President Obama set forth a long term vision of ending the scourge of malaria during the State of the Union on January 12th. To advance these goals and make leaps towards ending this scourge, the Administration is requesting $200 million in additional resources to bring total US funding to $874 million in FY 2017. This includes $71 million in new funding and $129 million via redirected Ebola funding. The FY 2017 Budget also requests $1.35 billion for the multilateral Global Fund to Fight AIDS, Tuberculosis, & Malaria. Including the FY 2017 request, the Obama administration will have invested nearly $5.8 billion through the PMI, with over $11.5 billion through the Global Fund from FY 2009-2017.
The U.S. Agency for International Development (USAID) Connecting the Mekong through Education and Training is a five-year program activity that enables teachers to better prepare youth for employment in the Lower Mekong countries of Burma (Myanmar), Cambodia, Laos, Thailand and Vietnam through the use of innovative training approaches.
USAID works to bridge the gap between the private sector, universities and vocational centers to build up the supply of skilled workers to meet the demands of local businesses. The project partners with local education providers to utilize available technology, online learning and traditional in-person workshops to promote learning and regional networking in targeted Association of Southeast Asian Nation (ASEAN) countries in ways that help residents from rural and marginalized areas access educational services.
An alarmingly high prevalence of HIV in certain populations of Papua New Guinea (PNG) is impacting the nation’s ability to advance its economy and allow for lasting prosperity. In response to these issues, USAID is working to increase access to quality HIV prevention, care, and treatment services and mitigate the impact of the disease on these populations, their sexual partners, and their families.
To reduce the vulnerability of food security to the impacts of climate change, USAID and GIZ work with local communities to help establish nurseries that will supply tree species needed to implement forestry and agroforestry activities.
Through Coastal Community Adaptation Project (C-CAP), USAID supports local-level climate change interventions in nine Pacific Island countries:, Fiji, Kiribati, Nauru, Papua New Guinea (PNG), Samoa, Solomon Islands, Tonga, Tuvalu, and Vanuatu. In 77 communities in these countries, USAID is working to increase local knowledge and adaptive capacity through community-based training.
The President's Fiscal Year 2017 Budget fortifies USAID's global leadership in development practice and policy. It also supports USAID's work all over the world to foster and sustain development progress; prevent, mitigate, and respond to humanitarian crises; and confront threats to our national security and global stability.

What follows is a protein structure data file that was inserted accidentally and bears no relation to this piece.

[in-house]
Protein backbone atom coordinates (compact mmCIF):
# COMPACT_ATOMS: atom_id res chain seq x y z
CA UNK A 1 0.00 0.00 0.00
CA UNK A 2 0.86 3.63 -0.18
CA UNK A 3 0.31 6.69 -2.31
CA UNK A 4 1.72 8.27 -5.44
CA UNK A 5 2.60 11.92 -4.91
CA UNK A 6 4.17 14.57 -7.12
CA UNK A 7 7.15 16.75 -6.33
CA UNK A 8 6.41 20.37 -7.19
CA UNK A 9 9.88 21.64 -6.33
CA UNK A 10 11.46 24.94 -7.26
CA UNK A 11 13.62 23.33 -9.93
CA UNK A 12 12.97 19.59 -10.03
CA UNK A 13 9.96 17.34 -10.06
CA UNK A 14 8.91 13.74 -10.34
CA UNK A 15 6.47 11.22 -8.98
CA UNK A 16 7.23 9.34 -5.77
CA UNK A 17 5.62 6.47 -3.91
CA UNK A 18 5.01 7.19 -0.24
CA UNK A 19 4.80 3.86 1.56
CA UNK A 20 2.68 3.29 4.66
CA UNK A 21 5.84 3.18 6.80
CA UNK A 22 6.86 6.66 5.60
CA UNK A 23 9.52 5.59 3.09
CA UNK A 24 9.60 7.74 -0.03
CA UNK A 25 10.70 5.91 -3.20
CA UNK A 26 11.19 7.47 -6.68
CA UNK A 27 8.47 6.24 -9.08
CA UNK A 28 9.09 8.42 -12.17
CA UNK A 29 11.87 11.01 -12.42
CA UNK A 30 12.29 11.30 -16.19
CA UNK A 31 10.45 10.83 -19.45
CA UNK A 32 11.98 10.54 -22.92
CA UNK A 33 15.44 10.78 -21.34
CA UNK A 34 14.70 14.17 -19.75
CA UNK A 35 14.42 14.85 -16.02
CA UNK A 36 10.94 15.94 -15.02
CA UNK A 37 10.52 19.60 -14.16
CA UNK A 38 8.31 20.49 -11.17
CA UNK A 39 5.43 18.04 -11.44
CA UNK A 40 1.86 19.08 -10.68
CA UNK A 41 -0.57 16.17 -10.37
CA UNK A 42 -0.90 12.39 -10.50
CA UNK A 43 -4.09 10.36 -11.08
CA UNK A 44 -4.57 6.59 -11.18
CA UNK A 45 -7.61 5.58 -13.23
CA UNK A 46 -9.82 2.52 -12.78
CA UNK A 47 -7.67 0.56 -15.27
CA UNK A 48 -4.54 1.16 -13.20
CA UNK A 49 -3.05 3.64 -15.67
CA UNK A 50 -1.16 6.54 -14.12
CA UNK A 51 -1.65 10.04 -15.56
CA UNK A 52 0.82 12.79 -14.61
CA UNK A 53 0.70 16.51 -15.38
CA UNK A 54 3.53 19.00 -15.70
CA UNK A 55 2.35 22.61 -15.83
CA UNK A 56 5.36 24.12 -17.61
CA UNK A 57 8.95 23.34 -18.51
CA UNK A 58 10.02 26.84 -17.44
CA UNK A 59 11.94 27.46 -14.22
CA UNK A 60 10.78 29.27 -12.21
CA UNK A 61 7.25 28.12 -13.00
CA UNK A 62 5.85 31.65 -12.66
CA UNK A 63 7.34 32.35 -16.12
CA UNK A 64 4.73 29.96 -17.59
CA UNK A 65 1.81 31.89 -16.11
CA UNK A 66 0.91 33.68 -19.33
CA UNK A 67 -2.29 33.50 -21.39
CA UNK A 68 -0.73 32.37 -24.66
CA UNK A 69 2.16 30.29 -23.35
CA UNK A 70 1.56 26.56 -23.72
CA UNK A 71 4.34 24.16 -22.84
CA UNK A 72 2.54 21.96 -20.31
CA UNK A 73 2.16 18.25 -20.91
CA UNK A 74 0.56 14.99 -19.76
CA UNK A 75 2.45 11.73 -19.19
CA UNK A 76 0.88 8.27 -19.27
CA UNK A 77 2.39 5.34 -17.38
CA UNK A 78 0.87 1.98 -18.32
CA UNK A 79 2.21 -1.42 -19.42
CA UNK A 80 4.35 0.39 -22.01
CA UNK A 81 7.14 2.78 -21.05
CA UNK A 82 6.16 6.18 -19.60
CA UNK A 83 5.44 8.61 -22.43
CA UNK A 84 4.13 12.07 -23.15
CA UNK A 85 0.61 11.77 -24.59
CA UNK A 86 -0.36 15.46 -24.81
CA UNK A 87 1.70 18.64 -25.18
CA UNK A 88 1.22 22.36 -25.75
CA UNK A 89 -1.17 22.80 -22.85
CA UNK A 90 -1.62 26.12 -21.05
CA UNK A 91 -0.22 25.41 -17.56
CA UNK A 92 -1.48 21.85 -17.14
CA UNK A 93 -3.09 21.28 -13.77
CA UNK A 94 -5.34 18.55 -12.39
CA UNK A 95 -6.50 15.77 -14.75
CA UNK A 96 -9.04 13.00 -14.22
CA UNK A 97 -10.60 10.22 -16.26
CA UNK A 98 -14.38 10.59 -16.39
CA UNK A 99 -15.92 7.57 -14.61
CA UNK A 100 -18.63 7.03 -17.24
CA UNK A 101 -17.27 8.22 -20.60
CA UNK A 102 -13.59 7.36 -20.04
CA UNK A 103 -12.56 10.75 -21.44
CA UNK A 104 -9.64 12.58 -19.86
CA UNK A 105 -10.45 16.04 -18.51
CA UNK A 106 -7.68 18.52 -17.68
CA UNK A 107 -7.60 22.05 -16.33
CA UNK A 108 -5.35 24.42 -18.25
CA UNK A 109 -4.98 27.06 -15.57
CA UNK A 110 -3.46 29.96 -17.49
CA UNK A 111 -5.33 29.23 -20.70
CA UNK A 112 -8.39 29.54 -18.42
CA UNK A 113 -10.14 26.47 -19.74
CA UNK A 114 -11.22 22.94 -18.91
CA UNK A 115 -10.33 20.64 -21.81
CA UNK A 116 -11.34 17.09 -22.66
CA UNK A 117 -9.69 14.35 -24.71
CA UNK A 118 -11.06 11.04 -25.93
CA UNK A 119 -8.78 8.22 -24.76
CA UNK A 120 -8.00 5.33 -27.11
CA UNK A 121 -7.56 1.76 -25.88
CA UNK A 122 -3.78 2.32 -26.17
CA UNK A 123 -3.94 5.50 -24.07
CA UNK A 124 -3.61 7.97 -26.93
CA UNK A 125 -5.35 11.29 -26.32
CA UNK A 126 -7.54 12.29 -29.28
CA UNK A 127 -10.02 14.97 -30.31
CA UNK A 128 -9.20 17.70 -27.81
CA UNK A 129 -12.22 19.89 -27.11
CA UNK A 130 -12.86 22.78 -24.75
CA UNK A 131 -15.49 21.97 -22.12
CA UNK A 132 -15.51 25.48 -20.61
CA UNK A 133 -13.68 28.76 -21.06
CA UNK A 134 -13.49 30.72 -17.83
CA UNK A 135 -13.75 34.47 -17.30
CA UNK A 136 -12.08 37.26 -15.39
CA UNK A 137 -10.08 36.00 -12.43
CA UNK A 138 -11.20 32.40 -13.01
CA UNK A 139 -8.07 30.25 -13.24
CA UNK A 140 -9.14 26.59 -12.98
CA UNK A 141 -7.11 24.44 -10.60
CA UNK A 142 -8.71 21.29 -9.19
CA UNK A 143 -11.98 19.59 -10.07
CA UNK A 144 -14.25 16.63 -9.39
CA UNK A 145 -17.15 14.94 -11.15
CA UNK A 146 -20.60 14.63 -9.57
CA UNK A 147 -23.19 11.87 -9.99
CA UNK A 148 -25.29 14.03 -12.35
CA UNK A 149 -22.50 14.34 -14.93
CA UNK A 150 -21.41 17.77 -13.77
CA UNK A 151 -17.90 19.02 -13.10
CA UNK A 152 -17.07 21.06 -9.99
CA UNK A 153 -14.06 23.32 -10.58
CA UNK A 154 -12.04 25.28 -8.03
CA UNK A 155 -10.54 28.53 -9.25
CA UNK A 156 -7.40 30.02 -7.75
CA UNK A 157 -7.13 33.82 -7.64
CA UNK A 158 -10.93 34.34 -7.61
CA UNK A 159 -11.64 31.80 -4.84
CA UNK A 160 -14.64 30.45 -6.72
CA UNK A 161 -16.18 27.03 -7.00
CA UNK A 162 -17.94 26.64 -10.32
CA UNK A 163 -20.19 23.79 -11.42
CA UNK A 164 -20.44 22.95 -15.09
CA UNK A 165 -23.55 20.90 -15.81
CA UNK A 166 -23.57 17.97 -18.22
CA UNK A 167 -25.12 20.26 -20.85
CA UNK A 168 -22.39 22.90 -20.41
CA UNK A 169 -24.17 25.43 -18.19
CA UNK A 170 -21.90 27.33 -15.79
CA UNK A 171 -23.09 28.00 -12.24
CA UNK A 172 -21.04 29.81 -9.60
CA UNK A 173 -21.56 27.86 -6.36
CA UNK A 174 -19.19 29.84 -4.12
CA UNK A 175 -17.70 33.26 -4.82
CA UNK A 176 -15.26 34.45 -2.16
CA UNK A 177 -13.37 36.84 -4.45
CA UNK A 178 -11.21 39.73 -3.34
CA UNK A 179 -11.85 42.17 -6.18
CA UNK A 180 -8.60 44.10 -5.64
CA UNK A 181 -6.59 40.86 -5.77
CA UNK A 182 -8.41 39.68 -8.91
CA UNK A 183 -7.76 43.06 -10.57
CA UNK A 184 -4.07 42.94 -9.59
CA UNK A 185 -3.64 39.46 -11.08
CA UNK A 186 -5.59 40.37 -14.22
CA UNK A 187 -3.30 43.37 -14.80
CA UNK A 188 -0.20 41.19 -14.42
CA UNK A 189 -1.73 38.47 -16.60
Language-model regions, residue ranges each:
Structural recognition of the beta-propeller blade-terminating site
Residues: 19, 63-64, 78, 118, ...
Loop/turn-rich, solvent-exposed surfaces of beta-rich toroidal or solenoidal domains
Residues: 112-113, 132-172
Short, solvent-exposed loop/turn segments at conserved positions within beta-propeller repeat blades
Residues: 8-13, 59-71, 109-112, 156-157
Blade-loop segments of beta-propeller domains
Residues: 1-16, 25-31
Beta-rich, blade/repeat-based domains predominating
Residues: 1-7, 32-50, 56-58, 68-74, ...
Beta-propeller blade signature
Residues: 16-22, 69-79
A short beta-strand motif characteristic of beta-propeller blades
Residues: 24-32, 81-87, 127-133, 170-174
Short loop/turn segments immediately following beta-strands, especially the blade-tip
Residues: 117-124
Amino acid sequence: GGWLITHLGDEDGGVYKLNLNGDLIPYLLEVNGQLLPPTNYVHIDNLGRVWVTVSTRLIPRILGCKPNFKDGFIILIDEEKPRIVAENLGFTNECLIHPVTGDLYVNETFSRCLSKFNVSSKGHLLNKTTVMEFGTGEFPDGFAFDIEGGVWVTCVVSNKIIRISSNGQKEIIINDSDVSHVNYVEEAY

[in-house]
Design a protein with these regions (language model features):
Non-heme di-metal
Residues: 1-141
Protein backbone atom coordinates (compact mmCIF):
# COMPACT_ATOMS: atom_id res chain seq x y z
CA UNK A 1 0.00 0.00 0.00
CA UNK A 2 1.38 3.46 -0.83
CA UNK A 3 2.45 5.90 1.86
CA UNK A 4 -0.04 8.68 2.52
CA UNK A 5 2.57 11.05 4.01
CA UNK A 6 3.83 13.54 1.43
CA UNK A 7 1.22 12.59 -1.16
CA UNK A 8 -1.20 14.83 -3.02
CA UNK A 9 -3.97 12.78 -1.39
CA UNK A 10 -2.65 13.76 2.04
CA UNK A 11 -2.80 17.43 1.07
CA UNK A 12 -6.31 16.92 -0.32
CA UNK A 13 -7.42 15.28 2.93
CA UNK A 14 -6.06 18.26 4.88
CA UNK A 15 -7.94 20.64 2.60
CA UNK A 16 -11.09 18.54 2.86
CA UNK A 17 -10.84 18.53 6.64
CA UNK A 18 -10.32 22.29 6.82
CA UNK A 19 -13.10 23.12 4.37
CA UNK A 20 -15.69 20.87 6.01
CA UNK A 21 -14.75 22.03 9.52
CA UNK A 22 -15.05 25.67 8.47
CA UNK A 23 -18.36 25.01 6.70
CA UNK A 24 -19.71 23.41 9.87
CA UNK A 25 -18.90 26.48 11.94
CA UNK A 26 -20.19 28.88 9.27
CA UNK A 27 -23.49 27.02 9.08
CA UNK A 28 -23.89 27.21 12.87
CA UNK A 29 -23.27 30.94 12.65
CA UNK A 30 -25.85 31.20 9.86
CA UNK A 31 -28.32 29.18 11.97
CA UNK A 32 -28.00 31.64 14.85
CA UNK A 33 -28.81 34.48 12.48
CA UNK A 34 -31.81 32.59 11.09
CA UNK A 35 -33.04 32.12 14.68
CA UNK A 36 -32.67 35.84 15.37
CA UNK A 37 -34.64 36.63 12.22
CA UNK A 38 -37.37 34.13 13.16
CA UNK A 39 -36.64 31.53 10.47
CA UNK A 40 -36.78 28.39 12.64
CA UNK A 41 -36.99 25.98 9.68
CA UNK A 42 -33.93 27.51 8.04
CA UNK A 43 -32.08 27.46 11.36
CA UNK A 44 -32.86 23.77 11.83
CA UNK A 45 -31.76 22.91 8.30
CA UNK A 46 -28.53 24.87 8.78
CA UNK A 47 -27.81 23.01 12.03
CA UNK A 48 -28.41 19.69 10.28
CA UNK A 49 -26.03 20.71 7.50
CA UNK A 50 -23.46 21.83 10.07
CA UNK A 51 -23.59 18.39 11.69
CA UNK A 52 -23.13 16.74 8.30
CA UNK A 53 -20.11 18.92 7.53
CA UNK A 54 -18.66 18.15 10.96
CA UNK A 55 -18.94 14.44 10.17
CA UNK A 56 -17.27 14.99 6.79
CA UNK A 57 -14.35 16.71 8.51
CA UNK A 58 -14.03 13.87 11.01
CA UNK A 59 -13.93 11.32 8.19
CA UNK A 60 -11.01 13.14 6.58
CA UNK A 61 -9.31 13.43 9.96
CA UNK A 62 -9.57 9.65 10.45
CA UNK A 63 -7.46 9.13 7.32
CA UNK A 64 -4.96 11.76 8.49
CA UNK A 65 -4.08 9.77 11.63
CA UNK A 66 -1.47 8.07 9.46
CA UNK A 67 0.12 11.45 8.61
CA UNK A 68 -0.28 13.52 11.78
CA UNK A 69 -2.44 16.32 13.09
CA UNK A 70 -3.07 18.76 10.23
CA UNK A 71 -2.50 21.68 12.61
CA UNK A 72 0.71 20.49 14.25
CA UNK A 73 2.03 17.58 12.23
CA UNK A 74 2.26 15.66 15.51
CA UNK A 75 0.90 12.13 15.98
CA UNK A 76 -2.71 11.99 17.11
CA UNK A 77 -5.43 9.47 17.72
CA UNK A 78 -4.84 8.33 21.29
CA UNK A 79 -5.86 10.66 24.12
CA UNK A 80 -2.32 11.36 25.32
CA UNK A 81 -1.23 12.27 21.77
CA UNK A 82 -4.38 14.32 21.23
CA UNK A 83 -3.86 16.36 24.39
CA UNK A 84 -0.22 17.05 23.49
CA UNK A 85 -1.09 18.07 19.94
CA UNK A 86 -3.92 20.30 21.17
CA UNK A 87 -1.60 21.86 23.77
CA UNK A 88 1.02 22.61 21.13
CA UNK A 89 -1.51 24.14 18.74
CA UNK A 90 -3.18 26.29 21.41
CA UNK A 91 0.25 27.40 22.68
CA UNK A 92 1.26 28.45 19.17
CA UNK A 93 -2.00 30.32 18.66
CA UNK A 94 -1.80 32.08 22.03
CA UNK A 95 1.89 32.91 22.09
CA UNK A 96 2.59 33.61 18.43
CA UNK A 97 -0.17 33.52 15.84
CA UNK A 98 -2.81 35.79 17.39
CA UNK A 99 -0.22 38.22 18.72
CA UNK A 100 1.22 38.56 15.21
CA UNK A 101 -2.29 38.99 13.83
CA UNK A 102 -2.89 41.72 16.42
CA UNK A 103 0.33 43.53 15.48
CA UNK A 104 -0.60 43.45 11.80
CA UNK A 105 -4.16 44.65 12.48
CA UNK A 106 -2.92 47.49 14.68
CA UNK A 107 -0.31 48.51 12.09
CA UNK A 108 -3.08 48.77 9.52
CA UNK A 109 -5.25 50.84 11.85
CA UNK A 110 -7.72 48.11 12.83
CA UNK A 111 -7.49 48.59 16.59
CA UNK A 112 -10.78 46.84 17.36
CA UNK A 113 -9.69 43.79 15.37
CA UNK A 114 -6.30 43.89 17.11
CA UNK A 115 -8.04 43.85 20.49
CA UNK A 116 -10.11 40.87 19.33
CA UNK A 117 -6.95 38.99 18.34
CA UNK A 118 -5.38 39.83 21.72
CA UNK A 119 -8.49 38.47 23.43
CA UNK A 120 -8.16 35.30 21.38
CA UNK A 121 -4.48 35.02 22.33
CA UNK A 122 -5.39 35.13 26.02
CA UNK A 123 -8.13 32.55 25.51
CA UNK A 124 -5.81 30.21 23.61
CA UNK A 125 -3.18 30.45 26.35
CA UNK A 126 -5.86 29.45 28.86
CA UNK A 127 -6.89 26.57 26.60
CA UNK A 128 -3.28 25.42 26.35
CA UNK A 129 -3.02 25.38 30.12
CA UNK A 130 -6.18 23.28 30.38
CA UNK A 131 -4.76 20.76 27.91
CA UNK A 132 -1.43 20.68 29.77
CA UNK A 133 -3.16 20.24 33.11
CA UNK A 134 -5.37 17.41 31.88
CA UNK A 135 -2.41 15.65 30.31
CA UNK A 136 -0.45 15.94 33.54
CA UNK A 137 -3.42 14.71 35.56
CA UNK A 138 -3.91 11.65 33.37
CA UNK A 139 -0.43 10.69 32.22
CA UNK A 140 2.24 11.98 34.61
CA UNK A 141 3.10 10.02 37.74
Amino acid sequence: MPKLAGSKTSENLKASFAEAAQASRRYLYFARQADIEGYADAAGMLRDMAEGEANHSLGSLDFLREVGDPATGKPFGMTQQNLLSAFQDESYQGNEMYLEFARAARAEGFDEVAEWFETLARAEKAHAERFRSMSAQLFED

U.S. Secretary of State John Kerry announces nearly $601 million in new humanitarian funding for Syria and neighboring countries. Relief agencies reach four besieged areas with emergency food and other humanitarian assistance since January. Ground conflict and aerial bombardment displace nearly 472,000 people between April and December 2015. Health teams vaccinate 3 million children across Syria against polio in 2015.
The United States and Jordan have partnered in development for more than 60 years. USAID has longstanding programs in water, education, health, economic development and democratic governance. The Syria crisis—and resulting influx of refugees into Jordan—has impacted USAID’s ongoing activities, as well as Jordan’s ability to meet the needs of the people within its borders. USAID supports the government and host communities of Jordan as they cope with the crisis. We have re-oriented existing programs to account for the refugee situation and added funds to focus directly on stresses caused by the Syria crisis.
Committed to Colombia’s development, peace, and security, the United States launched Plan Colombia in 2000. Through Plan Colombia, the U.S. Agency for International Development (USAID) has helped Colombia promote social and economic development, rule of law, human rights, reintegration of ex- combatants, support to victims and vulnerable populations including Afro-Colombians and indigenous communities, climate change mitigation, and low-emissions development.
On January 31, USAID Administrator Gayle Smith announced an additional $97 million in USAID/FFP funding to provide more than 176,000 metric tons (MT) of emergency food assistance to approximately 4 million Ethiopians. The U.S. Government (USG) remains the largest humanitarian donor to Ethiopia, having provided more than $532 million in humanitarian assistance since October 2014.
Last updated: September 25, 2016